Heard on the Hill

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Maile Pearl Bowlsbey made Senate history Thursday, becoming the first newborn allowed on the Senate floor.

Bowlsbey, the daughter of Illinois Democratic Sen. Tammy Duckworth, born just last week, came to the Senate floor the day after the Senate changed its antiquated rules to allow senators to bring in children under the age of one.

Duckworth arrived at the Capitol just after Vice President Mike Pence and his motorcade departed. Pence’s tie-breaking function would not be necessary with Duckworth making an appearance to vote, as it meant 99 senators were present. The senator and baby daughter arrived on a blustery afternoon, where they were greeted by an abundance of TV cameras on the East Front, just outside the building.

Senators applauded as Duckworth came into the chamber for what ultimately was not a decisive “no” vote, with Republican Sen. Jeff Flake of Arizona coming around to support confirmation of President Donald Trump's choice of Rep. Jim Bridenstine to be NASA administrator, 50-49.

As Duckworth left the floor with her infant child after voting on the Bridenstine nomination, several senators looked up to the press gallery. Senate Minority Leader Charles E. Schumer, D-N.Y., pointed up and said, “The press is finally interested in something worthwhile.”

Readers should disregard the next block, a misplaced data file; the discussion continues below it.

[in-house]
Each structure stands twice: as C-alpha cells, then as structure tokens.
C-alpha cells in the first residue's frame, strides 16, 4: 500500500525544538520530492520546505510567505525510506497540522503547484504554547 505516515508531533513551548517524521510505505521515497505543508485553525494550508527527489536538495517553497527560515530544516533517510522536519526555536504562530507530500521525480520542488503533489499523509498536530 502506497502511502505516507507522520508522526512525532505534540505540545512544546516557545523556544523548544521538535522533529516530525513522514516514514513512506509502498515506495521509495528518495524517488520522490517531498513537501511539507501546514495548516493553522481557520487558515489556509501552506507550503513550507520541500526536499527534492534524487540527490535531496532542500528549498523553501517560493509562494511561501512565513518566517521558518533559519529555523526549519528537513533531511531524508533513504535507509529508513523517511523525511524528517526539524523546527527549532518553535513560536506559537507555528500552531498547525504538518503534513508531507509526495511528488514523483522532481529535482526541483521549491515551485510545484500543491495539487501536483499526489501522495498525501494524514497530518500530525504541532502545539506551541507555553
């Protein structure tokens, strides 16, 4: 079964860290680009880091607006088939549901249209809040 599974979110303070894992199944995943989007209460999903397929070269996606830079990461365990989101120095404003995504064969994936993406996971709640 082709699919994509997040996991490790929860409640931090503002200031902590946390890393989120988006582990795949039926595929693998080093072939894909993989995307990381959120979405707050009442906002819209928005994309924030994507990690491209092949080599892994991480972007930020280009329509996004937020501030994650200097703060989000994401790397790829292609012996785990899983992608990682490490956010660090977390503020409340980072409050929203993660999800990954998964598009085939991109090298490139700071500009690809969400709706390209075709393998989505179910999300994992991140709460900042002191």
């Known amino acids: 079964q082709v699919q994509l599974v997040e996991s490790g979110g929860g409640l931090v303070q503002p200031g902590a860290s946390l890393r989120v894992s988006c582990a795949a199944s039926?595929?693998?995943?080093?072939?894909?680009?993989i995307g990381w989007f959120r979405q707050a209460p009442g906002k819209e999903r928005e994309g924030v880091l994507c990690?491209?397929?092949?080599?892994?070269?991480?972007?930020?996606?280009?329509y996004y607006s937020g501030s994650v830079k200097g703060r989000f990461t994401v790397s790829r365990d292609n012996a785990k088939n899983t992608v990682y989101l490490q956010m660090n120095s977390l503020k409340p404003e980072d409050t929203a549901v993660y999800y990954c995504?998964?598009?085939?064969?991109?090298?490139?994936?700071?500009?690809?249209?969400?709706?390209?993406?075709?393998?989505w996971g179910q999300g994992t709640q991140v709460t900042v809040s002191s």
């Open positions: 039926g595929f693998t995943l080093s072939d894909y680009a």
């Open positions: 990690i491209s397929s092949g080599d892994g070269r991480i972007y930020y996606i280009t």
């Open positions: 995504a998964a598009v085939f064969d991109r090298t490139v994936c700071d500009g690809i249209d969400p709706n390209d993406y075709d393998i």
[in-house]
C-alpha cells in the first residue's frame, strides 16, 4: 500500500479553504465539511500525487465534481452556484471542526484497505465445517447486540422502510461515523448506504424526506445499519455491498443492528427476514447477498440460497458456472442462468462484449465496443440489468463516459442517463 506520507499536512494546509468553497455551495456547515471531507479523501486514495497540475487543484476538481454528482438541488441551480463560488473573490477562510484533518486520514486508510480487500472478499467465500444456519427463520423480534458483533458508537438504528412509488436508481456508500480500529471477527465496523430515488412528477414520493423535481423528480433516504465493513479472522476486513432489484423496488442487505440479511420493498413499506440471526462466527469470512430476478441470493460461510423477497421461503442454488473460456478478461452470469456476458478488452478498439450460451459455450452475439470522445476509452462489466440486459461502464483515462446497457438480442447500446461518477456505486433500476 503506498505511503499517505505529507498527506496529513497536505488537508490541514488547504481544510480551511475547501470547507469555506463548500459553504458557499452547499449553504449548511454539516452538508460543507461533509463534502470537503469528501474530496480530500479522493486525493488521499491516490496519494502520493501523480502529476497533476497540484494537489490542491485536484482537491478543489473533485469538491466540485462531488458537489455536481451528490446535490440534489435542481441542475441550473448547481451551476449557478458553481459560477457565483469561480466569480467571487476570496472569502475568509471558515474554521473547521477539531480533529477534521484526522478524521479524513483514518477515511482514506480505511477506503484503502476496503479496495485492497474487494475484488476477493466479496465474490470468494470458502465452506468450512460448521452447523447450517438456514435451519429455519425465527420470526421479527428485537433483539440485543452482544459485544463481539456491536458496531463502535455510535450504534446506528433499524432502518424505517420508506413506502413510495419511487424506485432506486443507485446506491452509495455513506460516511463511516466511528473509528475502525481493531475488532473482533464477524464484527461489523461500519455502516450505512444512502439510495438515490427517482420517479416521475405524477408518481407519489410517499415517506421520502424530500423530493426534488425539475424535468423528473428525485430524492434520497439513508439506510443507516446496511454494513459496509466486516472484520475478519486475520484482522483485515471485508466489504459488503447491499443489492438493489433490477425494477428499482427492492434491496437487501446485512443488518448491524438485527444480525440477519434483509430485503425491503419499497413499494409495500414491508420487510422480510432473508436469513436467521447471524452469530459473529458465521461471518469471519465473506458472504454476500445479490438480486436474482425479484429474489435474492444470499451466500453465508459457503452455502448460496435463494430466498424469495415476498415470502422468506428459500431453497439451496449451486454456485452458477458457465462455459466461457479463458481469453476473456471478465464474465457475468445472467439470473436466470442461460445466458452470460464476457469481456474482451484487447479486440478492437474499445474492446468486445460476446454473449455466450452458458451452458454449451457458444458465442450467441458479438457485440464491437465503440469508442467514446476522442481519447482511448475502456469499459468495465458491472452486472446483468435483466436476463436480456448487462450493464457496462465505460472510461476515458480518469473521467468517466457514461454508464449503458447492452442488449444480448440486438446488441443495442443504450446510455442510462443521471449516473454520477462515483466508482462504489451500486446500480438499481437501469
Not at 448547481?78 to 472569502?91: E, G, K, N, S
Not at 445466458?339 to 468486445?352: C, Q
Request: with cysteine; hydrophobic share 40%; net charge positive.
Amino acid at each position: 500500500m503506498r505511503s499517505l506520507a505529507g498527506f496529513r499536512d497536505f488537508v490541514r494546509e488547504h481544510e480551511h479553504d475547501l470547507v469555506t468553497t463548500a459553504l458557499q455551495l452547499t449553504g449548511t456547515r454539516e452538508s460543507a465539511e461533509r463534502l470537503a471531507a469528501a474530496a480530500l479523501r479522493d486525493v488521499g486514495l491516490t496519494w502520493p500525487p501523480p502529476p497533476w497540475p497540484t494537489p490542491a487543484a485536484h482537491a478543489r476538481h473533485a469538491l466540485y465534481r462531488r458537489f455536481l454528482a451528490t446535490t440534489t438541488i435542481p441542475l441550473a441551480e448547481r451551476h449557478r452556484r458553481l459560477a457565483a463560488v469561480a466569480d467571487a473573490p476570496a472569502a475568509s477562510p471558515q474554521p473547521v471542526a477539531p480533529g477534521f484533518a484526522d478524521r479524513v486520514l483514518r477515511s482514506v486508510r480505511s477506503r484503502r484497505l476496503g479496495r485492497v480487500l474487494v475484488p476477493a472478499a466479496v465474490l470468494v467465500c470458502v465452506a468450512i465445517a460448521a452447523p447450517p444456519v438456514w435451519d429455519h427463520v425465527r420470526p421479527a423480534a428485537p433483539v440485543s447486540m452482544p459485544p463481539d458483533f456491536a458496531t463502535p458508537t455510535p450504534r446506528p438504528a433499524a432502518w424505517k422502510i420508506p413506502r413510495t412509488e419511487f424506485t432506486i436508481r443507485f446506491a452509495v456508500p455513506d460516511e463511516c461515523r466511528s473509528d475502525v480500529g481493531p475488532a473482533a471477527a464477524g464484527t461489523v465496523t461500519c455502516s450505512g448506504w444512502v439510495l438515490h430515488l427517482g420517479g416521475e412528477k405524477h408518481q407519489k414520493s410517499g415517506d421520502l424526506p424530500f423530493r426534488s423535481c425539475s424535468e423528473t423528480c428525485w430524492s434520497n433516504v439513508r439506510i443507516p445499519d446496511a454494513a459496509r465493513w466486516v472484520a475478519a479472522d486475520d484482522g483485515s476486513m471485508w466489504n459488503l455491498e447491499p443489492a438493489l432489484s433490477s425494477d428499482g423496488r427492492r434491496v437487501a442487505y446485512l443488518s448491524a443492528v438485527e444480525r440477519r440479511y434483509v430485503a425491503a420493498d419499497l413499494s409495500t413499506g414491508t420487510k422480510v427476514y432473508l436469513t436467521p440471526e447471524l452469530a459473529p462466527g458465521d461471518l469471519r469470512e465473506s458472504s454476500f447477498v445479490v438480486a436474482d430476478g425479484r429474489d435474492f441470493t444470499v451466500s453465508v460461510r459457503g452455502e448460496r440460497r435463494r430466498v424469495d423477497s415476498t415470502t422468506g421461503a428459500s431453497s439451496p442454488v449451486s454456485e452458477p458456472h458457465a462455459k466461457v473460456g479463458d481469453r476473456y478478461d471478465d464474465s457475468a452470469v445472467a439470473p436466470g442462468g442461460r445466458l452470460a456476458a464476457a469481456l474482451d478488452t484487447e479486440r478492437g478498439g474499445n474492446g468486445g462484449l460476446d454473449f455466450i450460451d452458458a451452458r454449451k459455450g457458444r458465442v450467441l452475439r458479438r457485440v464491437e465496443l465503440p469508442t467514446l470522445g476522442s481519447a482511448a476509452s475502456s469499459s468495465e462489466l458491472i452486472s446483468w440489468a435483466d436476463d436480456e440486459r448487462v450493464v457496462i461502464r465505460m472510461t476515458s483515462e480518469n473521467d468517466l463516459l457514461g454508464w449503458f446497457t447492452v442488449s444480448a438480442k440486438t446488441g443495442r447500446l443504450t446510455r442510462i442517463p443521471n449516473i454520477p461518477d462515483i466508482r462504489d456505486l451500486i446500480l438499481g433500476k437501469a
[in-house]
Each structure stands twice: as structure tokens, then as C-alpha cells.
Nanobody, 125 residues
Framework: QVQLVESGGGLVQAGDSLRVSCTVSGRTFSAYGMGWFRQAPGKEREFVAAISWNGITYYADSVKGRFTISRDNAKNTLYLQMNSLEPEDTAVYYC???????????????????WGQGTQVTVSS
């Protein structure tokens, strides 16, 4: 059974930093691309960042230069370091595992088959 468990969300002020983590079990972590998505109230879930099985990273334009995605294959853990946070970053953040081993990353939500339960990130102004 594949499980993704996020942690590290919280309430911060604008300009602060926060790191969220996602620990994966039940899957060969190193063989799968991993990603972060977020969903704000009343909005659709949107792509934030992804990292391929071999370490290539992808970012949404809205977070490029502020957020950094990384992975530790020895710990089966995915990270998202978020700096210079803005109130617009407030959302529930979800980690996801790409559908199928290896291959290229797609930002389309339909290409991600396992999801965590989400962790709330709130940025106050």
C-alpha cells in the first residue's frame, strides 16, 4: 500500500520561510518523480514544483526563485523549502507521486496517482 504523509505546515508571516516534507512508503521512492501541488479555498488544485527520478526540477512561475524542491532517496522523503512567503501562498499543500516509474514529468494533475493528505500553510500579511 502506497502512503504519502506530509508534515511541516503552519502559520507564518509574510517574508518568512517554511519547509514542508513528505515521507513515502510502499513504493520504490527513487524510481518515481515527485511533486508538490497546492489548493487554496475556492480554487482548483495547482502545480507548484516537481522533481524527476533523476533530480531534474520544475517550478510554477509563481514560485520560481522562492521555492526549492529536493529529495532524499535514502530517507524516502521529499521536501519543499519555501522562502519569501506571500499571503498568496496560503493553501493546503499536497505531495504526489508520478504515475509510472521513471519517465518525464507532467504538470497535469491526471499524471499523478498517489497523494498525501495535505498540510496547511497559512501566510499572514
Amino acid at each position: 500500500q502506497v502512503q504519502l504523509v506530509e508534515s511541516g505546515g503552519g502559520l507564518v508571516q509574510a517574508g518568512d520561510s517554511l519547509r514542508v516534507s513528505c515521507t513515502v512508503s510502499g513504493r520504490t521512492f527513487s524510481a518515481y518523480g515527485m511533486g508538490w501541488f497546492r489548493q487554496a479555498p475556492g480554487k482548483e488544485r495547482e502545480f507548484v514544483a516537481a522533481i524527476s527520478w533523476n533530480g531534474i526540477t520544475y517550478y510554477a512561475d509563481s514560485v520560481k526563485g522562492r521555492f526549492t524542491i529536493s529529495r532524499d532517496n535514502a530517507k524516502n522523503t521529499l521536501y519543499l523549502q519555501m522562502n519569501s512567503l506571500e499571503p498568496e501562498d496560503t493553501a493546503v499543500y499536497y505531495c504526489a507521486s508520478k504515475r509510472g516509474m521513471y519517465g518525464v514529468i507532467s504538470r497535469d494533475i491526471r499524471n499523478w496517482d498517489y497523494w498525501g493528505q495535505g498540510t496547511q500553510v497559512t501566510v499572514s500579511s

Duckworth indicated earlier Thursday she was prepared to come to the Capitol to vote, having tweeted out a photo of her new baby’s outfit for the potential floor appearance.

I may have to vote today, so Maile’s outfit is prepped. I made sure she has a jacket so she doesn’t violate the Senate floor dress code (which requires blazers). I’m not sure what the policy is on duckling onesies, but I think we’re ready pic.twitter.com/SsNHEuSVnY

Bridenstine, a Republican from Oklahoma, thus became the answer to one of the great Senate trivia questions of all time — the subject of the first roll call vote with a baby present on the floor.

There will not be a special election to fill Bridenstine’s seat because of the timing of the vacancy, according to Oklahoma election law.

The law states that if a vacancy occurs in an even-numbered year and the term expires the following year, there will not be a special election. Instead, the candidate who wins the general election will be appointed to serve out the last few months of Bridenstine's term.

Under the Constitution, governors must call special elections to fill House vacancies.

Asked about the constitutionality of an appointment to a House seat, Oklahoma State Elections Board spokesman Bryan Deal wrote in an email that he was not aware of any legal challenges to the law.

Bridenstine, who was first elected in 2012, had said he would only serve three terms, so a number of Democrats and Republicans are running for the 1st District. Five Democrats and five Republicans filed last week to run for the seat. The primary is June 26.